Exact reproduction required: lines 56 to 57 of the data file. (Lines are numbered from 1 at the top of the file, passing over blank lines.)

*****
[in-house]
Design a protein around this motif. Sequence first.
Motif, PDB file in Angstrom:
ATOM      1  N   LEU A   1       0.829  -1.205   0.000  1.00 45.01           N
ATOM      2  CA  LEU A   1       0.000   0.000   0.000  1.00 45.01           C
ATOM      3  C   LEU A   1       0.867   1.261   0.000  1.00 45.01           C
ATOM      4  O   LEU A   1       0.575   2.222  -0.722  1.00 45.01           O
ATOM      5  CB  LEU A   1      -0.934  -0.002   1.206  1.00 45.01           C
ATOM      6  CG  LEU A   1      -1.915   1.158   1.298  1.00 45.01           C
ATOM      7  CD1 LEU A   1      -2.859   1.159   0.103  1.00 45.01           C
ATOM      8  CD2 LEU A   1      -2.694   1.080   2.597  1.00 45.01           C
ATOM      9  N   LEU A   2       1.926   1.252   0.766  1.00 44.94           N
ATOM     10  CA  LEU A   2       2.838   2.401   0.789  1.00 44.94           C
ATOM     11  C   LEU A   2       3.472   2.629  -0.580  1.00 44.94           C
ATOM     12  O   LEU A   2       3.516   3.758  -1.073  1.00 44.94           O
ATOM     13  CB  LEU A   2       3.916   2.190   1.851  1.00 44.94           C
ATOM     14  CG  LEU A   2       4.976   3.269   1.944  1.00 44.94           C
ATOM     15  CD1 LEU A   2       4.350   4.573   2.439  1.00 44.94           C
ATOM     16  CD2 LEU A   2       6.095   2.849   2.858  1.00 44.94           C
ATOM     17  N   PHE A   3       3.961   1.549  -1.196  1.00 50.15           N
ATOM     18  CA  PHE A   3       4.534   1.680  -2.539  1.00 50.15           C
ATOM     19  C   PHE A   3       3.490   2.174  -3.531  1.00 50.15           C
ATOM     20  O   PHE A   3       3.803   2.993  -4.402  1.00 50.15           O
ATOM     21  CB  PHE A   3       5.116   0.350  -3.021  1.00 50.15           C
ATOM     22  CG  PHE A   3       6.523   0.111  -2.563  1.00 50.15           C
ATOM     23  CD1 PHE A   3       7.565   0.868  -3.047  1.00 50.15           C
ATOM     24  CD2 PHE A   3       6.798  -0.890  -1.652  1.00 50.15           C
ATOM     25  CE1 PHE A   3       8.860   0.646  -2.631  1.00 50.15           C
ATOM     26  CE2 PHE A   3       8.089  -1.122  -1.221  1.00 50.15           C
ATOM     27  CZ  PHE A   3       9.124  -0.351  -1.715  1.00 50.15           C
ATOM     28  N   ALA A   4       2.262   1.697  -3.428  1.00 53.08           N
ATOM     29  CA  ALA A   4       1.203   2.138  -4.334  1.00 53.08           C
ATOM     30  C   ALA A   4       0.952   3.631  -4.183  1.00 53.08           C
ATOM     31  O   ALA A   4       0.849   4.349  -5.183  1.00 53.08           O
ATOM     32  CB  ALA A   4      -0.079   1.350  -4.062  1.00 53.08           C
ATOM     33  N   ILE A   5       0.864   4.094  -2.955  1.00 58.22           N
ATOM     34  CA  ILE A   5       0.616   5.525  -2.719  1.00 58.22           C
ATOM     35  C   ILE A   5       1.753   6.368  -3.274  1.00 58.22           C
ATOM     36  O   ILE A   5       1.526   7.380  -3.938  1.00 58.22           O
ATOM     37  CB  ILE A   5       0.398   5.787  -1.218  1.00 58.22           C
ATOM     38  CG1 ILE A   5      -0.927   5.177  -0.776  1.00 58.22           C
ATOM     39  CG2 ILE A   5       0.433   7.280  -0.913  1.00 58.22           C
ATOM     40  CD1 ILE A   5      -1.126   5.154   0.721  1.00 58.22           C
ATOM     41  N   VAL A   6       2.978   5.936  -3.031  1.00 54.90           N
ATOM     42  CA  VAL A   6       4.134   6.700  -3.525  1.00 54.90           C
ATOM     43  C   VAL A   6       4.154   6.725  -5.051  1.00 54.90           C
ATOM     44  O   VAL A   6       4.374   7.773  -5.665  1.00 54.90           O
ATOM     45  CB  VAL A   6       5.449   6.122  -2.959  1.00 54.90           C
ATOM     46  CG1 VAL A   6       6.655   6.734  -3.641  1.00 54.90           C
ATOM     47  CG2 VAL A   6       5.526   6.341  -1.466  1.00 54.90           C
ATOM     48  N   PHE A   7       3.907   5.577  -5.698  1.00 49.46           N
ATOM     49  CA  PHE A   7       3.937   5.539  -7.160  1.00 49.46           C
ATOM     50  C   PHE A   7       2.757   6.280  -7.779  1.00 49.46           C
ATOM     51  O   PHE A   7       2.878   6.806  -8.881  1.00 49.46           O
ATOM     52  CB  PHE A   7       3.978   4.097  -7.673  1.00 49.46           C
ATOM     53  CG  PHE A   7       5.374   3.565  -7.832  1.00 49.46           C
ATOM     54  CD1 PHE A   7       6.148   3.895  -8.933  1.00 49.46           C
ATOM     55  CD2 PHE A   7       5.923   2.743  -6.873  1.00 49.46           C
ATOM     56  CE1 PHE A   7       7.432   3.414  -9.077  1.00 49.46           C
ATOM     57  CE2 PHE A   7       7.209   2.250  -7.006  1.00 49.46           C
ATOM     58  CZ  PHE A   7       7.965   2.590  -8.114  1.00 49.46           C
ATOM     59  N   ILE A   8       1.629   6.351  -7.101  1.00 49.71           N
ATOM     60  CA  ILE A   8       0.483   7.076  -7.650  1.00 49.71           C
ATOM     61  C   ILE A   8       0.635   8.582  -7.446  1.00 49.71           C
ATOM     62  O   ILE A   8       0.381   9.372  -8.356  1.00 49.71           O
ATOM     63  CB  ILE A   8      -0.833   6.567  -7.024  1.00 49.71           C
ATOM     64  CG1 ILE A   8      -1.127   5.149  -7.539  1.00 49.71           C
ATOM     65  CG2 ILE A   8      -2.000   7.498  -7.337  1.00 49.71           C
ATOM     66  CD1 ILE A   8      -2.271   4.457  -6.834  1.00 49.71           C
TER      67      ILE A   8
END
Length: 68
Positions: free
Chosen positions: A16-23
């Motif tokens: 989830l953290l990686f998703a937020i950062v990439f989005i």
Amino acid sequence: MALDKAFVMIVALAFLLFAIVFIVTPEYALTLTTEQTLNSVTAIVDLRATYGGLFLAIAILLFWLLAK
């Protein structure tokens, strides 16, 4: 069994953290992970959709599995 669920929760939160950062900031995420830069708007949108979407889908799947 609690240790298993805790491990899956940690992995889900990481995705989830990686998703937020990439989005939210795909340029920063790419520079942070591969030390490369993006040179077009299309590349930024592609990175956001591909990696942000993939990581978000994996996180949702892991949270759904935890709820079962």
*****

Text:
ATOM     53  CG  PHE A   7       5.374   3.565  -7.832  1.00 49.46           C
ATOM     54  CD1 PHE A   7       6.148   3.895  -8.933  1.00 49.46           C